The man sat on his porch step staring at houses so like his own: all tidy in their white paint with green trim, surrounded by flower dotted yards behind low white picket fences. Occasionally he took a deep breath. Was he savoring the fresh mountain air one last time—or simply heaving another sigh of resignation? It was hard to tell...
The screen door creaked open. “Well, Jim, that’s the last box,” said the woman as she joined him on the step. “Whenever you’re ready you can put that box in the back of the moving truck. Oh, I suppose I should sweep out the house…”
“Don’t bother, Betty. No one else will be moving in.” Jim stretched, and stood blinking in the early morning sun. “Come, Bet, let’s take a walk.”
“Yes, I’d like one last look around,” Betty said softly. “It doesn’t seem right that after sixty years the Company is going to close down Camp Twelve for good. I’m going to miss this place so much!”
“Well, Bet, I guess the Company figures this old logging camp has outlived its usefulness—just like I have…”
“Now, Jim, you’re retiring from logging—not from life! I know I’m going to be just as busy as ever. Just think…we’ll only be ten minutes from town. We’ll be able to attend more church activities, and you’ll be able to visit some of your old logging buddies at Pop’s Restaurant.”
Jim slapped his thigh. “That’s right! No more hour-long drives to get to town, with half that on gravel,” he said as he waved to a couple loading a chair into the already crowded bed of a pickup truck.
Betty tucked her hand into the crook of Jim’s arm as they came to the end of the row of identical houses. “Jim, I’ve always felt bad that our son had to ride the school bus all that way every day of high school. –And in winter he often couldn’t go at all.”
“Yup,” Jim chuckled, “sometimes the snow got as high as the eaves—or higher! Well, I don’t think Mike suffered much from either situation. Somehow he managed to do most of his homework on that bumpy ride home—and he kept up with his studies when we were snowed in. Look at him now: he’s a rocket scientist in California!”
“Oh, Jim,” cried Betty, pointing to a green building, “doesn’t it break your heart that the Camp Twelve two-room grade school has closed forever? That’s where so many got a great education. –And there’s the cookhouse and the company store--and the recreation hall. Remember all the potlucks, dances, Bingo games, community sings, school plays…”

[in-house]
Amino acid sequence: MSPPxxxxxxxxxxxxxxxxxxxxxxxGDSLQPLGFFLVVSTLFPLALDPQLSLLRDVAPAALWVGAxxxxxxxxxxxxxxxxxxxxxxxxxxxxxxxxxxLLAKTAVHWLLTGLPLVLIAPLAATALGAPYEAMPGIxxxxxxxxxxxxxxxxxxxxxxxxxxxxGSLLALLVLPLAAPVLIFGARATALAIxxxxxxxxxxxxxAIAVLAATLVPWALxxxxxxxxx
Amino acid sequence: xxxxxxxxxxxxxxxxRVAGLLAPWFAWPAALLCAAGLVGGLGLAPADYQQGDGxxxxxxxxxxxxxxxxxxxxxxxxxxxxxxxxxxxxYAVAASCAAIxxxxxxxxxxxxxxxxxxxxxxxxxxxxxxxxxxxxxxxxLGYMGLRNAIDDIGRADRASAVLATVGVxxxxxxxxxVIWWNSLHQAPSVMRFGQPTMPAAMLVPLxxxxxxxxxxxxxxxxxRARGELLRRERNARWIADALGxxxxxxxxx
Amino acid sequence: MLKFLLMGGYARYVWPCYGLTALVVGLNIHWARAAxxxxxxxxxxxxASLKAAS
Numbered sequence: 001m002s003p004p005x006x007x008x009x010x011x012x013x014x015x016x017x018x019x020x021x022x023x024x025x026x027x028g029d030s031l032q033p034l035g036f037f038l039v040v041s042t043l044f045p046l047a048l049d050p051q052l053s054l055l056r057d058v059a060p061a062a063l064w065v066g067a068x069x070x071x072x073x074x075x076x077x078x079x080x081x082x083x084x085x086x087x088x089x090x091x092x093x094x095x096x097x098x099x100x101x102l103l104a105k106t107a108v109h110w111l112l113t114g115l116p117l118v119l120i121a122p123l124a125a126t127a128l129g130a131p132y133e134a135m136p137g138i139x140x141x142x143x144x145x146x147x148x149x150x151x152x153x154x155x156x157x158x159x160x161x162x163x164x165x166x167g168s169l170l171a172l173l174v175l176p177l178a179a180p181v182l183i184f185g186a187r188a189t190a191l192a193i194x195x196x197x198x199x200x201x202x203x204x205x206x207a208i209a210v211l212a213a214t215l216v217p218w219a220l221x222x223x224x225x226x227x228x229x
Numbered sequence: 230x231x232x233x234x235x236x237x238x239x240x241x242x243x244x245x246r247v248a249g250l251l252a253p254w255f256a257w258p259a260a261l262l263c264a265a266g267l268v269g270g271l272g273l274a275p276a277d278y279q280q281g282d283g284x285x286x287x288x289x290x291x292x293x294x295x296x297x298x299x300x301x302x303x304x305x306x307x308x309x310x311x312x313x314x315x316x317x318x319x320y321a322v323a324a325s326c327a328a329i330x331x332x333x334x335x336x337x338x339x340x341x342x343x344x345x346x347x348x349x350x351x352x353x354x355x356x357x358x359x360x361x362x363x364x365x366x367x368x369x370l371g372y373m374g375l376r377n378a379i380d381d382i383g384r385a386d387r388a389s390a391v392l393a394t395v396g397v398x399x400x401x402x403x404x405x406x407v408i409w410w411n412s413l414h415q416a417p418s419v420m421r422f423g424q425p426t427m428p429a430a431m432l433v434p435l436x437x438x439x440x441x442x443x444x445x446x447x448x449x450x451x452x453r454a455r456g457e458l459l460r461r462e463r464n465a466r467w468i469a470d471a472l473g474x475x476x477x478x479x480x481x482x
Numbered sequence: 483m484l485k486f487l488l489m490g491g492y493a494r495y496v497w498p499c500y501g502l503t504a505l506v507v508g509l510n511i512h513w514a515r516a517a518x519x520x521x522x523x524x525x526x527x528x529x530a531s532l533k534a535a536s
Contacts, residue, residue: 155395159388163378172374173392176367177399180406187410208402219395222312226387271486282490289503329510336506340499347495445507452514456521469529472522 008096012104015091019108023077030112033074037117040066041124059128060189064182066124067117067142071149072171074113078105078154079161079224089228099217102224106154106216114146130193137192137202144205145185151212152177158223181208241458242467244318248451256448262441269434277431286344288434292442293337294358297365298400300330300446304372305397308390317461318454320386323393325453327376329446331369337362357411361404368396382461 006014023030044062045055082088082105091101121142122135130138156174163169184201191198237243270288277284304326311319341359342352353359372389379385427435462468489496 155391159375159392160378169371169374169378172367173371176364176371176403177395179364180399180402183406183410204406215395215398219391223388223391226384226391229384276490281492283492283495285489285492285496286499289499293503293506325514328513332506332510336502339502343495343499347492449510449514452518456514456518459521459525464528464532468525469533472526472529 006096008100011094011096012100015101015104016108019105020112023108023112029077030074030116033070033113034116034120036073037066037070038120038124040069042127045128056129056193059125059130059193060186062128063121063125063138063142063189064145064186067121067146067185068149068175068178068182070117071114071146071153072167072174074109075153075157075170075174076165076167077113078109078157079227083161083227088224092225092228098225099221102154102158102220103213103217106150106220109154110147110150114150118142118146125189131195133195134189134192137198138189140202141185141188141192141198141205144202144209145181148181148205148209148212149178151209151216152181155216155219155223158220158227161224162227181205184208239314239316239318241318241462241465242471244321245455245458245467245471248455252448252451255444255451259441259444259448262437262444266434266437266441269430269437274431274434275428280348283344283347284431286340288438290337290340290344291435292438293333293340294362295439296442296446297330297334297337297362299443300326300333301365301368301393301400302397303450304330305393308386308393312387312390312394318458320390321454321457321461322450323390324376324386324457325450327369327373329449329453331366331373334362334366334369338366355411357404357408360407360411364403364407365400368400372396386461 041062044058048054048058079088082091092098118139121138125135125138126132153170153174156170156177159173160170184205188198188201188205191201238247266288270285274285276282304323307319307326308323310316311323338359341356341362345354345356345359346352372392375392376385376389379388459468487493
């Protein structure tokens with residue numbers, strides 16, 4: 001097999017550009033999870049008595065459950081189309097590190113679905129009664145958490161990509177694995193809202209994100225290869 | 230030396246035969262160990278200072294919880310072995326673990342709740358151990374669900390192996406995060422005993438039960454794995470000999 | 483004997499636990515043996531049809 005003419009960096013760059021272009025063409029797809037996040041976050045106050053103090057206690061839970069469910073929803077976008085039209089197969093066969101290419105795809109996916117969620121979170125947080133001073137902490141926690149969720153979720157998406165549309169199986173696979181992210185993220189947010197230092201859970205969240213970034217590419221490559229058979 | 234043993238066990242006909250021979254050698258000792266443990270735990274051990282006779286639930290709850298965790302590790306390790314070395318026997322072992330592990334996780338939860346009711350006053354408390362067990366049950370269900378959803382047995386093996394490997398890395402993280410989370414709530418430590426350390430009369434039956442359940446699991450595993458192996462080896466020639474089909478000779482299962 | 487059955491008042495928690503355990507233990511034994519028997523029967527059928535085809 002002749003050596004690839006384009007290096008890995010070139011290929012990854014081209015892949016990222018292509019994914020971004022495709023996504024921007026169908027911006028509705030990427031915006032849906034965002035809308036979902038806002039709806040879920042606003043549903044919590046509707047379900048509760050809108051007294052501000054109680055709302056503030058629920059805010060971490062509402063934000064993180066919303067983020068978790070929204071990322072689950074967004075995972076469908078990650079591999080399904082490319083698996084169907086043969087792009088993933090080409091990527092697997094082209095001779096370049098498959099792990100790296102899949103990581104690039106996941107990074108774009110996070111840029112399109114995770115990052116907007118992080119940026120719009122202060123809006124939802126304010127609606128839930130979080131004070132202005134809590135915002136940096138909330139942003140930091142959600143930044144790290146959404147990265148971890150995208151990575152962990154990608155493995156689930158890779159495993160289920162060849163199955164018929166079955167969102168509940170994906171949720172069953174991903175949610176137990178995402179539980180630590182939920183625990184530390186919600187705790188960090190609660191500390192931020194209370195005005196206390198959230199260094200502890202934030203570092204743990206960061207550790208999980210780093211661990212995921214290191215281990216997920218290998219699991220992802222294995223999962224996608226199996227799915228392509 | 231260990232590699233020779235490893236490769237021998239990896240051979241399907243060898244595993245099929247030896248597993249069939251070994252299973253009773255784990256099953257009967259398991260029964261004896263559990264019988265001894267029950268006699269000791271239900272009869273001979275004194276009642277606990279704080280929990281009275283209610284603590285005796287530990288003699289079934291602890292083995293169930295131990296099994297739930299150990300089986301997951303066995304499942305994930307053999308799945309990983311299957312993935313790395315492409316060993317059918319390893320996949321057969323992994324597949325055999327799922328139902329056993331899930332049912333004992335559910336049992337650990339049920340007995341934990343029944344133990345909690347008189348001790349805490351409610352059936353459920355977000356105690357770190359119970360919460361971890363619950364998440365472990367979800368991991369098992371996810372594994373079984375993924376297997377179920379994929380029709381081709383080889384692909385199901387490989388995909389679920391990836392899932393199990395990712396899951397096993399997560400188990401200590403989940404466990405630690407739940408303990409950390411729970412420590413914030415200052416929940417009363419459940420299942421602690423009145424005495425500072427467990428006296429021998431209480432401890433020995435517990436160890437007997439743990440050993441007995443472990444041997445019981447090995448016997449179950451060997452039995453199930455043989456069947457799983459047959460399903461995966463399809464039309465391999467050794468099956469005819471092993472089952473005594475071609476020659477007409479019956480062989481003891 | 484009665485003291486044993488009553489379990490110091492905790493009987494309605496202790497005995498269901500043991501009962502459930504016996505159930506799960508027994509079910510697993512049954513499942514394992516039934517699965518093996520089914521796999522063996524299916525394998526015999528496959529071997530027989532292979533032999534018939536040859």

Jim laughed aloud, “You did like the community life here, didn’t you, Bet! Don’t forget the bowling…”
“How could I forget the bowling? It took forever to play with that Joe Bailey setting the pins by hand. He was slooow!”
“Bet, I’m really going to miss the work—and the guys. See, that’s where the logs were lifted from the trucks and placed on the train. –And there’s the washroom where we loggers went before heading into the cookhouse for more of that great grub. I’ll never forget Cookie Frank’s wild blue huckleberry pie!”
“You know what I won’t miss, Jim: the emergency siren. Every woman’s blood ran cold when it sounded. I was always afraid you were the one injured…or worse…”
Jim and Betty soon arrived back at their emptied house where they quietly picked up the last box and took a final look around. Pausing on the front porch, Jim said, “Just think Betty, after the Company gets through bulldozing the whole camp under, there’ll be nothing left here but salmonberry brush, fireweed and alder trees. After man is done, God’s creation will finish the job of wiping the camp off the map. --Well, let’s go, dear. May as well start settling into the new place…”
“Jim, I want you to lock the front door,” Betty said as she handed him a key.
“Lock the door! There’s never been a need for anyone to ever lock a door in Camp Twelve. –And NOW you want to lock it?”
“Humor me, Jim. I want the house—just like this--locked away in my memory forever. So…lock the door and we’ll take the key with us.”
“Okay, dear,” sighed Jim as he locked the door and handed the key to his wife, “but what will the Company think if they can’t get in!?”
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